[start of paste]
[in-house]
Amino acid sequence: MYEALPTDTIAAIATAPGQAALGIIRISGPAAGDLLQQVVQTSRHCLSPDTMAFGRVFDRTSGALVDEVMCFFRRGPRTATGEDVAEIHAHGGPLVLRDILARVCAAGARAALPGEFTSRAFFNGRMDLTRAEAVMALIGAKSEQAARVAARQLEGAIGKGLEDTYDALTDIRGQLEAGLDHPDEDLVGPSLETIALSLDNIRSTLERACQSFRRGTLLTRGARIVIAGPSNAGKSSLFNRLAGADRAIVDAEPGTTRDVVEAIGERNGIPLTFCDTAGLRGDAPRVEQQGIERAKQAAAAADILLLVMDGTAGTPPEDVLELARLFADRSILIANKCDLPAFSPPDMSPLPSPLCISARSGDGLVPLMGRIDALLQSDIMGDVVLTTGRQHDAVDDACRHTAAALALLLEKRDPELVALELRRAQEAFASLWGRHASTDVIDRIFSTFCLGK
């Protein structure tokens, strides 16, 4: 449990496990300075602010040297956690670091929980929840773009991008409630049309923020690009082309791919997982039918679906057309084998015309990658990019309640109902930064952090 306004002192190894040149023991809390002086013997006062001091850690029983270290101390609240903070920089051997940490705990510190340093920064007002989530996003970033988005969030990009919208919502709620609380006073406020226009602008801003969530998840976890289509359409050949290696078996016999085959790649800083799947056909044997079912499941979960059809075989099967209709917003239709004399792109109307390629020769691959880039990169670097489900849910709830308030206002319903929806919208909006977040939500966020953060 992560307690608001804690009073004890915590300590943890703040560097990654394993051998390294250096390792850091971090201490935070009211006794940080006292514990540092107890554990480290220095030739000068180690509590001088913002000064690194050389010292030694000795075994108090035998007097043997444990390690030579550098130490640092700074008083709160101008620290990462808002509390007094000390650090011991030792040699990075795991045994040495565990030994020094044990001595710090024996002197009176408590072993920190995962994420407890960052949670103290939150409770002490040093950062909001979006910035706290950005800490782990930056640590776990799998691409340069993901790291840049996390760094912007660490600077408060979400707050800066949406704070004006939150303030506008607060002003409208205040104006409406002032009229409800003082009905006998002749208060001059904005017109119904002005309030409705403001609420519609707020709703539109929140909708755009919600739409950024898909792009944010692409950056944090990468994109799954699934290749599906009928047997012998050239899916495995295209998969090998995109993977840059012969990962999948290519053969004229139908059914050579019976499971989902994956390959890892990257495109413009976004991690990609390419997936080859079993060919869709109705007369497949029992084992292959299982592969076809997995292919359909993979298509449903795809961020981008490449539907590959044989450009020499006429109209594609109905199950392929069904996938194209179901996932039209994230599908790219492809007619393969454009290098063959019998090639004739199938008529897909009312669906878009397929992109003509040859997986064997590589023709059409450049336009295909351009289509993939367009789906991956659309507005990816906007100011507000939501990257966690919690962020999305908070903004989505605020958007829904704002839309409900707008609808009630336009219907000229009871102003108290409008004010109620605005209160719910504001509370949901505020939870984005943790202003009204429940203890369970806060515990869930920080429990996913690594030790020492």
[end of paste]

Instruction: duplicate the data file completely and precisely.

[in-house]
Amino acid sequence: MYEALPTDTIAAIATAPGQAALGIIRISGPAAGDLLQQVVQTSRHCLSPDTMAFGRVFDRTSGALVDEVMCFFRRGPRTATGEDVAEIHAHGGPLVLRDILARVCAAGARAALPGEFTSRAFFNGRMDLTRAEAVMALIGAKSEQAARVAARQLEGAIGKGLEDTYDALTDIRGQLEAGLDHPDEDLVGPSLETIALSLDNIRSTLERACQSFRRGTLLTRGARIVIAGPSNAGKSSLFNRLAGADRAIVDAEPGTTRDVVEAIGERNGIPLTFCDTAGLRGDAPRVEQQGIERAKQAAAAADILLLVMDGTAGTPPEDVLELARLFADRSILIANKCDLPAFSPPDMSPLPSPLCISARSGDGLVPLMGRIDALLQSDIMGDVVLTTGRQHDAVDDACRHTAAALALLLEKRDPELVALELRRAQEAFASLWGRHASTDVIDRIFSTFCLGK
């Protein structure tokens, strides 16, 4: 449990496990300075602010040297956690670091929980929840773009991008409630049309923020690009082309791919997982039918679906057309084998015309990658990019309640109902930064952090 306004002192190894040149023991809390002086013997006062001091850690029983270290101390609240903070920089051997940490705990510190340093920064007002989530996003970033988005969030990009919208919502709620609380006073406020226009602008801003969530998840976890289509359409050949290696078996016999085959790649800083799947056909044997079912499941979960059809075989099967209709917003239709004399792109109307390629020769691959880039990169670097489900849910709830308030206002319903929806919208909006977040939500966020953060 992560307690608001804690009073004890915590300590943890703040560097990654394993051998390294250096390792850091971090201490935070009211006794940080006292514990540092107890554990480290220095030739000068180690509590001088913002000064690194050389010292030694000795075994108090035998007097043997444990390690030579550098130490640092700074008083709160101008620290990462808002509390007094000390650090011991030792040699990075795991045994040495565990030994020094044990001595710090024996002197009176408590072993920190995962994420407890960052949670103290939150409770002490040093950062909001979006910035706290950005800490782990930056640590776990799998691409340069993901790291840049996390760094912007660490600077408060979400707050800066949406704070004006939150303030506008607060002003409208205040104006409406002032009229409800003082009905006998002749208060001059904005017109119904002005309030409705403001609420519609707020709703539109929140909708755009919600739409950024898909792009944010692409950056944090990468994109799954699934290749599906009928047997012998050239899916495995295209998969090998995109993977840059012969990962999948290519053969004229139908059914050579019976499971989902994956390959890892990257495109413009976004991690990609390419997936080859079993060919869709109705007369497949029992084992292959299982592969076809997995292919359909993979298509449903795809961020981008490449539907590959044989450009020499006429109209594609109905199950392929069904996938194209179901996932039209994230599908790219492809007619393969454009290098063959019998090639004739199938008529897909009312669906878009397929992109003509040859997986064997590589023709059409450049336009295909351009289509993939367009789906991956659309507005990816906007100011507000939501990257966690919690962020999305908070903004989505605020958007829904704002839309409900707008609808009630336009219907000229009871102003108290409008004010109620605005209160719910504001509370949901505020939870984005943790202003009204429940203890369970806060515990869930920080429990996913690594030790020492």